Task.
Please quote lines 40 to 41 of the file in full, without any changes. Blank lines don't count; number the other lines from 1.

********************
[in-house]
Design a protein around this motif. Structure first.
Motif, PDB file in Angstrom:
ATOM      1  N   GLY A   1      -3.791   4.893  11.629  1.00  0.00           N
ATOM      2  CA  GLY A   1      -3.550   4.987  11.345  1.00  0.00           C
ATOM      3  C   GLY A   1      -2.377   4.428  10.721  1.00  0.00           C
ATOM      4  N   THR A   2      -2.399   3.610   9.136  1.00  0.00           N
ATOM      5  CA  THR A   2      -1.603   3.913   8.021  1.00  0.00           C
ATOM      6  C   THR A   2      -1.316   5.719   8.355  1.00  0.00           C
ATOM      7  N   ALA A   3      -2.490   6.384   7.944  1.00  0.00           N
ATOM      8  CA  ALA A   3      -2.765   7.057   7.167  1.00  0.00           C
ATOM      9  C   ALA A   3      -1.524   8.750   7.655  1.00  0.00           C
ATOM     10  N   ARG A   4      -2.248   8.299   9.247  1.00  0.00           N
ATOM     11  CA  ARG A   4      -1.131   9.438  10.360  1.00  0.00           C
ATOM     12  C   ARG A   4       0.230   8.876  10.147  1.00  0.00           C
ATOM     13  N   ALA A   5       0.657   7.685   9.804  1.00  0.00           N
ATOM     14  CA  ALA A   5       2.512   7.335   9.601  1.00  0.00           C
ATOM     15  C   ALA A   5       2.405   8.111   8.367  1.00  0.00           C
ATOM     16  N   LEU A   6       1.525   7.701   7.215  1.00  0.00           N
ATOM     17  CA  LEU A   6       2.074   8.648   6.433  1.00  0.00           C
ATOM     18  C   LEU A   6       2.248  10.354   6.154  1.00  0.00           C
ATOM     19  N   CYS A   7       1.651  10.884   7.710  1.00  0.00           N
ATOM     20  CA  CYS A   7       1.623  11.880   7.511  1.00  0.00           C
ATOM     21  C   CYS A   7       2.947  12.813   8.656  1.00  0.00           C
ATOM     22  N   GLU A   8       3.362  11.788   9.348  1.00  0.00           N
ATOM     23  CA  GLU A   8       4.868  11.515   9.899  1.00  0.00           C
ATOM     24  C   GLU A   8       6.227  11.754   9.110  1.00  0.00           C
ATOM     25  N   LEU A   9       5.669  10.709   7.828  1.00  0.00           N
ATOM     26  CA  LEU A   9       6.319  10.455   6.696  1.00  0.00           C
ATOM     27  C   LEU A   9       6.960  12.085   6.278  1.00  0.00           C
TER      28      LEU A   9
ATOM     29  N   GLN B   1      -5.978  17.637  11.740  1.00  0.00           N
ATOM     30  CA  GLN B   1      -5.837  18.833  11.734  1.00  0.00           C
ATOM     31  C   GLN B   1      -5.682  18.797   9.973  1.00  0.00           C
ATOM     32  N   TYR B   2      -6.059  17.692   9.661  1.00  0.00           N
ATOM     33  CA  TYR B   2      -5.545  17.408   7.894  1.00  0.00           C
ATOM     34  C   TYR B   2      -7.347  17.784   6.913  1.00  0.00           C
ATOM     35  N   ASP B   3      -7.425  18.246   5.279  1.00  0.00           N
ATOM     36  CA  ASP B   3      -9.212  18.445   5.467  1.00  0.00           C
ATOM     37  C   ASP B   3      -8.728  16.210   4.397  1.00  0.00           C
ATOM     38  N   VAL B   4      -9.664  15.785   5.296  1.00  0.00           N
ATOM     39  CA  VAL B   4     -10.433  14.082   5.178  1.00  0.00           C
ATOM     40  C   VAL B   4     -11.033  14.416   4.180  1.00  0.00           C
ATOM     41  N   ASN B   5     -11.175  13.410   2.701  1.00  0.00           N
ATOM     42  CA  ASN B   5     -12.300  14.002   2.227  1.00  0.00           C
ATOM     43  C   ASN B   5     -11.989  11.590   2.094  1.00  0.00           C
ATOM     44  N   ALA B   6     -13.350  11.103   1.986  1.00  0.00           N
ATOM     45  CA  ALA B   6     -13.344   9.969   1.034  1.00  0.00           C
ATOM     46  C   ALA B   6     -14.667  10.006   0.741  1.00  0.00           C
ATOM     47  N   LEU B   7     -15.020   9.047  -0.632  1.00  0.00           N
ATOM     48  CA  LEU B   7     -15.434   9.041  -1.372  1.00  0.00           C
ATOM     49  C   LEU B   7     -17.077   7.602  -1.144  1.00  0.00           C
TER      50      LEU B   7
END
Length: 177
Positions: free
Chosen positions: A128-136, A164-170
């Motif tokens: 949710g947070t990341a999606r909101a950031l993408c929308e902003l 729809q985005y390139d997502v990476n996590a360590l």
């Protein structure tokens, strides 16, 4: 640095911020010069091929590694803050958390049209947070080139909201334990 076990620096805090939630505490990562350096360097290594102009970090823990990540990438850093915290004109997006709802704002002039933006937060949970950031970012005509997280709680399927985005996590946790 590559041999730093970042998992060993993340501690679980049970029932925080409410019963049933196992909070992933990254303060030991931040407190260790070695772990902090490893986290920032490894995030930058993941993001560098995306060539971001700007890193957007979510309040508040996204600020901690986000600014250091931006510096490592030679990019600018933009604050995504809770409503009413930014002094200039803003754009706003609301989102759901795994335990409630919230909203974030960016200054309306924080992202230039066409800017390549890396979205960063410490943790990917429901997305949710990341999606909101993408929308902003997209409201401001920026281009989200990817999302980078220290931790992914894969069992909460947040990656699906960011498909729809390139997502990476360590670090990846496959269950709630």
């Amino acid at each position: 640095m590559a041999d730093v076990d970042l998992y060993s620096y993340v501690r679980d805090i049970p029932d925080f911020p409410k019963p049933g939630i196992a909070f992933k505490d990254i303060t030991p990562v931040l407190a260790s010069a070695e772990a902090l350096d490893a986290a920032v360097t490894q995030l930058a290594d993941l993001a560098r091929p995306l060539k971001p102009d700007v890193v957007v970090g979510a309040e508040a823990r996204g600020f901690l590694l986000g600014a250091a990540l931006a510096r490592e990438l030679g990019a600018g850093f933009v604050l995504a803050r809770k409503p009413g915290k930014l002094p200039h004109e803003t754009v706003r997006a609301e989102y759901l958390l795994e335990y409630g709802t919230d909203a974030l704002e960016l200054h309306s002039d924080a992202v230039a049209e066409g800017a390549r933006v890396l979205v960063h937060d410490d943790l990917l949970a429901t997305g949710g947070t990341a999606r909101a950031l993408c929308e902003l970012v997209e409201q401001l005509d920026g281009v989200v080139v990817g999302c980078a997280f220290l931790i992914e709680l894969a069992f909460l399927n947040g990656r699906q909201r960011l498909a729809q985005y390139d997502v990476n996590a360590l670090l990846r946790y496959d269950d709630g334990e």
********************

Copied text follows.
ATOM     37  C   ASP B   3      -8.728  16.210   4.397  1.00  0.00           C
ATOM     38  N   VAL B   4      -9.664  15.785   5.296  1.00  0.00           N